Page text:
|Subject: SMH: Ramos
Horta Points Finger At the Indon Military
BBC Summary of World Broadcasts January 21, 2000, Friday Excerpts from report by Portuguese radio on 20th January
Timorese leader accuses Indonesian army of destabilization campaign
[Presenter] Jose Ramos Horta [vice-president of the National Council of the Timorese Resistance and Nobel Peace laureate in 1996] gave a news conference in Dili this morning.
[Horta] We have been witnessing the intensification of a destabilization campaign by top Indonesian military officials, from the Bali command. Agreements which have been signed since the one signed by [US] Ambassador Richard Holbrooke in November and other accords between Interfet [International Force in East Timor] and the TNI [Indonesian army] with a view to controlling the border, to disarming the militias, are still being violated. What is happening at the moment is that Indonesia, a sovereign state, a UN member state, is allowing its territory to be used as a training base, as a base for terrorist organizations which attack not only a neighbouring country, the civilian population of a neighbouring country, but also an international organization, the UN. This goes against all rules of co-existence between countries. It is a very serious act which harms further the good name of the Republic of Indonesia.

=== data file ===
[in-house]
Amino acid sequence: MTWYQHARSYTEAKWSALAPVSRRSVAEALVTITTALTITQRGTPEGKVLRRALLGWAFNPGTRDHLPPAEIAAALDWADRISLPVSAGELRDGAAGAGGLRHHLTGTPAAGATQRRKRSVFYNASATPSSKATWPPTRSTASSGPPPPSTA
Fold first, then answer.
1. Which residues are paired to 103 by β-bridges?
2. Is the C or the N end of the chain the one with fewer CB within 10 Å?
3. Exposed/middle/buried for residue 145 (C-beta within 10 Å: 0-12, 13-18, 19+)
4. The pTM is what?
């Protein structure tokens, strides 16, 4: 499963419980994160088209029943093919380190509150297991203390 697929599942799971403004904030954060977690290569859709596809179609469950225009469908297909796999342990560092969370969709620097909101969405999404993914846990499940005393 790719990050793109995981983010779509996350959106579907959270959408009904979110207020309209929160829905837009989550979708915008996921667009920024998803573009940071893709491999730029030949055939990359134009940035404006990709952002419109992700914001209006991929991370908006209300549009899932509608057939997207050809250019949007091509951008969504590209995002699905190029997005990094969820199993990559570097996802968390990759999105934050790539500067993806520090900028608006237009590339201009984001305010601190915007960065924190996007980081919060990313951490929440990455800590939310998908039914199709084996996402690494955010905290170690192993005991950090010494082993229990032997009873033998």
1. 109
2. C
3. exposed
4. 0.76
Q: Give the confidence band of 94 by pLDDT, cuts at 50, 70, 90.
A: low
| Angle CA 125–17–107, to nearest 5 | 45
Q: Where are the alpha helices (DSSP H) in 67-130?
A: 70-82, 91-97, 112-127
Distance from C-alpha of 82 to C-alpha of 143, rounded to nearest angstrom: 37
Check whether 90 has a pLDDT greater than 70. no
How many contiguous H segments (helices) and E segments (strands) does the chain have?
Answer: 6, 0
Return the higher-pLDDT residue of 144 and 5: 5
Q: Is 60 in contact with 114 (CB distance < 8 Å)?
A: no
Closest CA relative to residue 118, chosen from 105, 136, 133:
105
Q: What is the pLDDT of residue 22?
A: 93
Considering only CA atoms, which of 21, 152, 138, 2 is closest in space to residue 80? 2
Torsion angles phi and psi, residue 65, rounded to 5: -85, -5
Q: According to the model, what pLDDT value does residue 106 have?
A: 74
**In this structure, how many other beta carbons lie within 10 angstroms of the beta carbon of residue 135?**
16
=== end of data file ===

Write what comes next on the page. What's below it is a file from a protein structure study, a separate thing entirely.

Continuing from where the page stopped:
We think it is time for the UNSC to meet again to analyse the situation in Oecussi [enclave] as well as on the border with West Timor. And if necessary the security council and other institutions should intensify pressure on Jakarta so that those elements of the armed forces, who continue to terrorize the people of Oecussi and continue to want to destabilize East Timor, are really punished. One of the measures is precisely for the UNSC to decide and set the date for the creation of a war crimes tribunal. Only a war crimes tribunal can act as a deterrent to the radical line of the Indonesian army.
[Presenter] We apologize for the quality of the sound of Ramos Horta's words... We now have Ramos Horta on the line from Dili. Can we say that the most difficult situation in terms of security at the moment is in the Oecussi enclave?
[Horta] Well, let us put things into perspective. When we say (?complicated), tense, it does not mean that we are on the eve of a frontal aggression, an invasion of Oecussi. After all it is the an Indonesian colonel, backed by his superior officers in Bali and Jakarta, who is constantly provoking Interfet, constantly challenging the UN and putting psychological pressure on the civilian population. What is happening in Oecussi, in fact in West Timor, is an act of state terrorism. When a country shelters a group of terrorists - because the militias, and we all know who they are, are terrorists, killers - when it shelters these people and uses the territory of a sovereign country to attack another - this is state terrorism, international terrorism, it is an aggression against East Timor and against the UN.
[Q] That is why you are calling on the UNSC to intervene and press the Jakarta authorities.